Pakistan

Lal Masjid cleric Abdul Aziz vows to ‘pursue his mission’

Maulana Abdul Aziz of Lal Masjid has vowed to continue his ‘Movement for the establishment of Holy Quran and Sunnah’ and rejected the local administration’s warning note against his activities as of no value.

“But for the regard of decency, I would have torn to pieces the deputy commissioner’s note,” he said in a statement issued late Sunday night in response to a warning issued to him on Friday that he could be arrested for reneging on his written undertaking to observe the law.

Even harsher was his video message on the social media addressed to DC Islamabad Mushtaq Ahmed, but without naming him.

“You shed your uniforms for the sake of dirty democracy of Nawaz Sharif and Imran Khan,” he said. “But when I invite [people] to Holy Quran and Sunnah, you send threatening letter to me.”

He demanded retrial of all prisoners in the country under the supervision of Islamic experts to determine whether their sentences were in accordance with Sharia or not.

Maulana Aziz was delivered the warning on Friday after he, with his wife Umme Hassan, led a rally from Lal Masjid to their residence in the female seminary Jamia Sumaya in G-7, allegedly in violation of the undertakings he gave to the administration in August to observe the restrictions put on his movements under the Anti-Terrorism Act 1997.

In the undertaking that he gave in writing to the Islamabad police chief, Maulana Aziz said he neither belonged to nor had any affiliation with any banned group.

“You had stated that you respect the law of Pakistan,” the DC reminded the cleric in his latest communication.

Maulana Aziz responded by decrying the State and its functionaries. It was issued by Shuhada Foundation of Pakistan, as was his 30-minute video message in which he urged the entire government machinery, including the armed forces, to support the mission of enforcing Islam in the country.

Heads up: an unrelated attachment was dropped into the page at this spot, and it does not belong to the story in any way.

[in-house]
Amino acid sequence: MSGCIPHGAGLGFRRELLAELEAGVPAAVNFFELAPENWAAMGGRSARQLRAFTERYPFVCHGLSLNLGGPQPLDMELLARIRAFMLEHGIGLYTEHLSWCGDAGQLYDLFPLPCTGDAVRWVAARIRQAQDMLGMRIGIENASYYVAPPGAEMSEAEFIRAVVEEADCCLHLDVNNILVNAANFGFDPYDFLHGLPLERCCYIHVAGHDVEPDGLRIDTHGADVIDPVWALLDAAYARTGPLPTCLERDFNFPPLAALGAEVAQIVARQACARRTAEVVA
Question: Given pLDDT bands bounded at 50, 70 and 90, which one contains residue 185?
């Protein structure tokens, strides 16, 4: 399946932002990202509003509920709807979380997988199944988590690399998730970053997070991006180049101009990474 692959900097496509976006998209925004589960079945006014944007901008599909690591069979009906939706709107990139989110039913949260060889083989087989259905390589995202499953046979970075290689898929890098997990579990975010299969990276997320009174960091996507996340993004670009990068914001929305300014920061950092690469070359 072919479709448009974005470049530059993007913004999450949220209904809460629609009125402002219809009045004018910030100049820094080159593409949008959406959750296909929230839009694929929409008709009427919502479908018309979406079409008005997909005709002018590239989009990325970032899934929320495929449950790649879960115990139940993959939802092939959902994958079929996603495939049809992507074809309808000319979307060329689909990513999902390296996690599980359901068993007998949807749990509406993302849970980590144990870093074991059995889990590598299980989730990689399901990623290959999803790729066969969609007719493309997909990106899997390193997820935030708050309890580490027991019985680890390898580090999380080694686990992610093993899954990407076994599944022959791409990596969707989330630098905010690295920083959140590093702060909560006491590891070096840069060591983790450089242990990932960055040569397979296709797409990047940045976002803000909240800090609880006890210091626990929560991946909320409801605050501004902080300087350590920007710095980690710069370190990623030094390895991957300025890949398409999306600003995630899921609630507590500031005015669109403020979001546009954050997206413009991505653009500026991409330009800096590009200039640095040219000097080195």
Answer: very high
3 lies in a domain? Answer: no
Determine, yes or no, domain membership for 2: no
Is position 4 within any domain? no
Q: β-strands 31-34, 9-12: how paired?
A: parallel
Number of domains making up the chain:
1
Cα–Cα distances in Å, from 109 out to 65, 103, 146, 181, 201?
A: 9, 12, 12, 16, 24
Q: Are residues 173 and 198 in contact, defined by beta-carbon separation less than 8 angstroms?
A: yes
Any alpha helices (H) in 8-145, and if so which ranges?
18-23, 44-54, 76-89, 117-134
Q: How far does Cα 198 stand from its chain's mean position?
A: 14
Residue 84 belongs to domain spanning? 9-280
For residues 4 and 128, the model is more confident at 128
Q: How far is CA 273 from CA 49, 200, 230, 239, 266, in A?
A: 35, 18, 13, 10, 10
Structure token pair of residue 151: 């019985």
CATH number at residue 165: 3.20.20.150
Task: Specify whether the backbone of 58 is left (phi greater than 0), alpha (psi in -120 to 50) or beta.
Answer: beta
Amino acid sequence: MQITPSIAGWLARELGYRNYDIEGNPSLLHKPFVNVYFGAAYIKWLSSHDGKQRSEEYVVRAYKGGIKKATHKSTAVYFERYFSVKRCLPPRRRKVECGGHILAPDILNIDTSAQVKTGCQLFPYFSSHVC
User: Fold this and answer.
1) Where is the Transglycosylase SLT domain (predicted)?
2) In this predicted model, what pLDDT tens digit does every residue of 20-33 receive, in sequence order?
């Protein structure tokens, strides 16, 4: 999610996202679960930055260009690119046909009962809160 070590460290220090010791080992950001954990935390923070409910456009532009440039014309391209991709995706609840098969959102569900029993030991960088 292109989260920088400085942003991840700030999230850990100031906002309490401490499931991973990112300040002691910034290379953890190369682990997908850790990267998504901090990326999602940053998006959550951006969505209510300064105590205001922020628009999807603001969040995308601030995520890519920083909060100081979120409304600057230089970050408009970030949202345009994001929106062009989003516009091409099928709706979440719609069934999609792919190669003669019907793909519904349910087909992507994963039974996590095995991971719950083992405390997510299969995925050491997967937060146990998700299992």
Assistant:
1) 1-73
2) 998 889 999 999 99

“Lal Masjid has always raised voice for the truth,” he said, announcing that his “movement for implementing Holy Quran and Sunnah” will continue “till my last breath.” Meanwhile, a close aide of the Maulana said his other key demands were eliminating interest-based economy and Islamise the media to clear Pakistan of obscenity.

“What we find on TV screens and in print form is not what Islam teaches,” the aide said. “The media need to be told the role

and responsibilities Islam demands from them.”

Maulana Aziz also wants the taxation system to follow Quranic injunctions, ensure stipends and security of shelter for the poor.

“Those raising the demand to implement Holy Quran and Sunnah have faced state persecution in this country since 1998,” the cleric said, referring to the murder of his father, Maulana Abdullah, that year.

“We have faced killings, arrests and the 2007 military operation at Lal Masjid but stand undeterred and ready any (court) trial if conducted in accordance with Holy Quran and Sunnah,” he said.

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